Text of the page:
How is Blacklight Used in Examining a Painting?

Painting with cleaning tests

Painting with cleaning tests

A black light is an ultraviolet light source used in the examination of artworks to determine what, if any, alterations have been made that may not be visible in natural or raking light. Long wave electromagnetic radiation, invisible to the naked eye, is emitted from the lamp and produces an ultraviolet fluorescence that can reveal recent restoration on older paintings. A black light is used in a dark area, to examine a painting and determine its condition. Reading the fluorescence of a painting may be complicated, and should be done with the assistance of a trained eye. Areas of a painting examined under ultraviolet light that fluoresce as dark purple can indicate inpainting or overpaint applied onto the original paint or varnish layers, sometimes covering old structural damages such as tears. Newer restoration will appear more pronounced. As chemical changes occur in paint over time, restoration may lose it’s degree of fluorescence. More subdued discoloration or a lighter muted purple may indicate older restoration buried below a natural resin varnish that appears as a green film over that area. Aged layers of dirt and/or oil added to a natural resin varnish will block the ultraviolet light from penetrating below the surface, obscuring hidden information. Under examination “masking” varnishes, which absorb the UV frequency, can also fluoresce as a dense green color. Although these coatings can appear similar, a discerning eye should be able to distinguish subtle differences in tone and application. A few pigments also have fluorescing characteristics.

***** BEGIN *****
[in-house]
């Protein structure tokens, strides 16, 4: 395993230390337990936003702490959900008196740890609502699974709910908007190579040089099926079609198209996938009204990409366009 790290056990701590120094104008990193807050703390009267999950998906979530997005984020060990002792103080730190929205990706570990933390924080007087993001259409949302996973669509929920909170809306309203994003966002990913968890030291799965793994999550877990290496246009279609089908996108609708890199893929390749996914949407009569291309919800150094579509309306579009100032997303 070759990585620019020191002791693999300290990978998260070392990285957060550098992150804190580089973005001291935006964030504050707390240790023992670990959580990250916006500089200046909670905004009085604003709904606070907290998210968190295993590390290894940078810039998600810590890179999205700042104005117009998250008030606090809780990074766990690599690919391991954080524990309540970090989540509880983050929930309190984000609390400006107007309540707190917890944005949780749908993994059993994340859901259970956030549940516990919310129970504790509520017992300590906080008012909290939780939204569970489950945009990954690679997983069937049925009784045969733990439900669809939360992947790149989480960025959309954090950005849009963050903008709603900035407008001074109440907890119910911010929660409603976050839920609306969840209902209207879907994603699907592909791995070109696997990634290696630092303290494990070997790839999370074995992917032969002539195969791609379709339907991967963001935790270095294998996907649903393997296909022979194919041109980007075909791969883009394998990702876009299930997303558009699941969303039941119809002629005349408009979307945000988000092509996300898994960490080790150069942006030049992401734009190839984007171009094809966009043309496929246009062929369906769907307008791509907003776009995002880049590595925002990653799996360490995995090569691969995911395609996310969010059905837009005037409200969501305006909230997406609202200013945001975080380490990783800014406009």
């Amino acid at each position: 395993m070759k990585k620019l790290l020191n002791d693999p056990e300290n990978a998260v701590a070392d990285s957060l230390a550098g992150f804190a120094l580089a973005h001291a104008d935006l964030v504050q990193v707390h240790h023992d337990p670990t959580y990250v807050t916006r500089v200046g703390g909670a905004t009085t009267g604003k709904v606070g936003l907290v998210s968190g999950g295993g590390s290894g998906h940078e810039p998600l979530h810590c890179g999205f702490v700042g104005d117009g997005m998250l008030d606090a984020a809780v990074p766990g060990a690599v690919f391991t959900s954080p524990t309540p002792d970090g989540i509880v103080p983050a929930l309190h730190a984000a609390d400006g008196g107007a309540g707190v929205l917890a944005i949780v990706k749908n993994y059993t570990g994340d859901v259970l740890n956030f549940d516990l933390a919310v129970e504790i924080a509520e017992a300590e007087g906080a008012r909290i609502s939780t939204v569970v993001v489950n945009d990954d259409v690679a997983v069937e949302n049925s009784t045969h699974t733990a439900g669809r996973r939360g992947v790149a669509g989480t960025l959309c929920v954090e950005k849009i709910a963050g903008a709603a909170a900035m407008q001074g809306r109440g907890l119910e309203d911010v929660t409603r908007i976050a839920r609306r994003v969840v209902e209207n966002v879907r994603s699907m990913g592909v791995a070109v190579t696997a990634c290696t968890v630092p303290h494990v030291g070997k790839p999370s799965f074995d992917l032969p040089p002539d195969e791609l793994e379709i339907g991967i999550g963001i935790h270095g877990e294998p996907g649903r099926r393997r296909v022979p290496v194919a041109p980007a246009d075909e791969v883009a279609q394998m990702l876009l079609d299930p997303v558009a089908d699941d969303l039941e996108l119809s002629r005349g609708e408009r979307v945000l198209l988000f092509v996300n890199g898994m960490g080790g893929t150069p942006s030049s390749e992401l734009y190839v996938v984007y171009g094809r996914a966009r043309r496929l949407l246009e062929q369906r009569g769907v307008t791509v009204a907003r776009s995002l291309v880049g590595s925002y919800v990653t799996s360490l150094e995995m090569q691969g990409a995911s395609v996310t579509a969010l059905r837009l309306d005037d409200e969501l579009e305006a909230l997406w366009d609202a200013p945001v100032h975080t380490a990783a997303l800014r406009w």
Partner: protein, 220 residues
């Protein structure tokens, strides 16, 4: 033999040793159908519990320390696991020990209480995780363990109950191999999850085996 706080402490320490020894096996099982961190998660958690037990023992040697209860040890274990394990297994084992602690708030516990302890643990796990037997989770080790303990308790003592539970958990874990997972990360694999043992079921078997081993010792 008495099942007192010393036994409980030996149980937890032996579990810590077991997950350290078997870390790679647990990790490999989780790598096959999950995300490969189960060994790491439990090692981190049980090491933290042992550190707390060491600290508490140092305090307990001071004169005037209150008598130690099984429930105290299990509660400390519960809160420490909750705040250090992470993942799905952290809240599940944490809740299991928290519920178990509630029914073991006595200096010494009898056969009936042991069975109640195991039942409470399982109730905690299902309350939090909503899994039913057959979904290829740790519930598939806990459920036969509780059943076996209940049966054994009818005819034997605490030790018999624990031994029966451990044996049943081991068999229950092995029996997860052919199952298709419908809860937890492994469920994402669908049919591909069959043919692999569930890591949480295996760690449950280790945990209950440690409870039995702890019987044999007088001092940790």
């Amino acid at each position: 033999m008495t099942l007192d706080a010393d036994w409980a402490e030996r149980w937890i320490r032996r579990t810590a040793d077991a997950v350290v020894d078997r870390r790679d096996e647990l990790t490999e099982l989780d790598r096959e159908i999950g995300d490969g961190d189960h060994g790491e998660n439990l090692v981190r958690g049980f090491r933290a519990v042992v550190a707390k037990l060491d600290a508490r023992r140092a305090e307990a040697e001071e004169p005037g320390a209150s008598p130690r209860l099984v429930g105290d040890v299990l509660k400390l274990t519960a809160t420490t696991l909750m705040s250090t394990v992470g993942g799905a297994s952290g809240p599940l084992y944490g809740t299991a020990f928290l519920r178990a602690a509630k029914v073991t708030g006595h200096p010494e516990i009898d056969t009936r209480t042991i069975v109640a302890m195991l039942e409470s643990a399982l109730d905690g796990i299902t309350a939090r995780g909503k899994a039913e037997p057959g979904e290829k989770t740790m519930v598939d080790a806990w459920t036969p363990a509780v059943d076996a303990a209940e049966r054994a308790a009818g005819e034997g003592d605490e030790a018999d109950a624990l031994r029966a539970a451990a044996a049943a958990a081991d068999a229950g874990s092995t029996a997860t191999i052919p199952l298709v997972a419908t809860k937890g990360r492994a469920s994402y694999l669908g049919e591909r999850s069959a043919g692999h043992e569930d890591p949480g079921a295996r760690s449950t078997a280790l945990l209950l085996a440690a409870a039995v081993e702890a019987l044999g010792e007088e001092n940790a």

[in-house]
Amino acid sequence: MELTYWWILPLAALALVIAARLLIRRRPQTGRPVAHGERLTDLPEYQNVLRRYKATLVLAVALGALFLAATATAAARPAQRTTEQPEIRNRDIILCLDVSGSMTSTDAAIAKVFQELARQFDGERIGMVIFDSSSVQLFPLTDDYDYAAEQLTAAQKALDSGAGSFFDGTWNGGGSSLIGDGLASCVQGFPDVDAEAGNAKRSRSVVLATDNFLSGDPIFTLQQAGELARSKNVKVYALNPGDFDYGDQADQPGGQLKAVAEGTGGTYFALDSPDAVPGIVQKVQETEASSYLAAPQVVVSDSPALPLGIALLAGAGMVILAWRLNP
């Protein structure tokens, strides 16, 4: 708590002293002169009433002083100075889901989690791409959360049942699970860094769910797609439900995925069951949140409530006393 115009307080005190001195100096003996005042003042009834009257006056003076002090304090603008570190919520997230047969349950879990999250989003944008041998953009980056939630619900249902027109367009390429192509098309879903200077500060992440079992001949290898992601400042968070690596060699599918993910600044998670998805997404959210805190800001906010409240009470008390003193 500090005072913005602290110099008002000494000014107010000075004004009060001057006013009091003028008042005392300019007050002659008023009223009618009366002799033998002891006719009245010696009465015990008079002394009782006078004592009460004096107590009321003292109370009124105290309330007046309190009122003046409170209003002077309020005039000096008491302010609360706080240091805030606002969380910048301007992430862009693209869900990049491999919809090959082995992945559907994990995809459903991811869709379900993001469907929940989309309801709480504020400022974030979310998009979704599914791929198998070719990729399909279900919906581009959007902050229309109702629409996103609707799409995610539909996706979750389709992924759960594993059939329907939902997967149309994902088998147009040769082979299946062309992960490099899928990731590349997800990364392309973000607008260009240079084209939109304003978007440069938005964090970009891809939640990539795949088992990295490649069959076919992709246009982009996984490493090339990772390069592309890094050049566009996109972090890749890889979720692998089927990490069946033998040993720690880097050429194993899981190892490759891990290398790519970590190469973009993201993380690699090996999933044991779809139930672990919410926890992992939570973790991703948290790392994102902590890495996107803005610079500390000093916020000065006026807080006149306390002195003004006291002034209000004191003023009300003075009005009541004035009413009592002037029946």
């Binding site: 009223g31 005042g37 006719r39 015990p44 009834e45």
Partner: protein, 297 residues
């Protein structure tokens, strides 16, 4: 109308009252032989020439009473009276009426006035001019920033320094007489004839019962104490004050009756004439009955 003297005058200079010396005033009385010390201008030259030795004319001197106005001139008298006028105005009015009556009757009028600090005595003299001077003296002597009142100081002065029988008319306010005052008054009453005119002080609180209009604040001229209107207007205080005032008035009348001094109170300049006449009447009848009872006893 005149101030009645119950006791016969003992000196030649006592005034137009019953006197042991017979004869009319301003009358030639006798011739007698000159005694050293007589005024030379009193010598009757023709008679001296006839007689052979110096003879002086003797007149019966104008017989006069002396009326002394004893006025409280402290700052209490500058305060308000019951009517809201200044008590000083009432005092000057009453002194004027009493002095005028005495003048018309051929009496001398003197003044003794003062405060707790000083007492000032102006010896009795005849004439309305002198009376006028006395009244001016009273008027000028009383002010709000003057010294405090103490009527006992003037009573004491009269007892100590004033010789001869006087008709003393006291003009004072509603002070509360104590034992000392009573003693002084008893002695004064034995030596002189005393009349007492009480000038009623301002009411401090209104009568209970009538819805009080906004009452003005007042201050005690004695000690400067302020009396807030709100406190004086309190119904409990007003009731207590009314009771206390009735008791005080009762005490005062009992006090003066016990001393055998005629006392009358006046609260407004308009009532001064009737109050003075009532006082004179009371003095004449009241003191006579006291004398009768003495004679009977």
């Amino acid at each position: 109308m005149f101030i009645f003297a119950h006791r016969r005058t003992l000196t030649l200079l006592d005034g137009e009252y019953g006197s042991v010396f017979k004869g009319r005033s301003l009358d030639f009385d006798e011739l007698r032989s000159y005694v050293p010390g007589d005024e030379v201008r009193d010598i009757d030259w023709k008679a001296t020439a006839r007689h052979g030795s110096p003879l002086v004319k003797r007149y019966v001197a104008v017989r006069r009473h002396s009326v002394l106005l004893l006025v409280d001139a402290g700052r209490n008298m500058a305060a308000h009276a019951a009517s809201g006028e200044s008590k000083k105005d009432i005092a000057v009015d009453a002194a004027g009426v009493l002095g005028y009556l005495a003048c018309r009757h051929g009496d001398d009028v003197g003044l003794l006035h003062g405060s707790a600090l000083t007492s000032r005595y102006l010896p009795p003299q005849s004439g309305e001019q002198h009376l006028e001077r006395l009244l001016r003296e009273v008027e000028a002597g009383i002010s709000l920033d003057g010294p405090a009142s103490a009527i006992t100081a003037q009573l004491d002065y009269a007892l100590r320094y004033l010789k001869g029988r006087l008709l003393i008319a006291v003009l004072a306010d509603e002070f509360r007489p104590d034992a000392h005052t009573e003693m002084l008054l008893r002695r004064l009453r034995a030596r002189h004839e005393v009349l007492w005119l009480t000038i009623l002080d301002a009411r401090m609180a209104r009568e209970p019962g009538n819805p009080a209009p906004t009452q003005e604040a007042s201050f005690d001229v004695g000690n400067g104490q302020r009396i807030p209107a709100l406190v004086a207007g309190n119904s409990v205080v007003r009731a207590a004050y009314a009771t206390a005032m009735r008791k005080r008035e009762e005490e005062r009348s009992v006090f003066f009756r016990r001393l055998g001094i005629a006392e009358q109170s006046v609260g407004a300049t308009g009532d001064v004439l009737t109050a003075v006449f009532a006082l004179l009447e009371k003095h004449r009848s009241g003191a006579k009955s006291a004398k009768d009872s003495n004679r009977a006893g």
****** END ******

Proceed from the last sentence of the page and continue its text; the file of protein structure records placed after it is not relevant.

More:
Viewed under ultraviolet light

Viewed under ultraviolet light

An example of this can be seen in the bright yellow/ green fluorescence of zinc white or the day-glow orange of some red pigments. Restorations are usually made well after the artists’ completion of a painting, however, it is important to recognize later artists’ changes and certain original glazes that may also fluoresce and appear to be restorations. A trained professional can provide further analyses and determine condition. There are numerous methods in the examination of a work of art to be considered. The black light is a useful tool that is only as good as the person who makes use of it, with knowledge and discernment.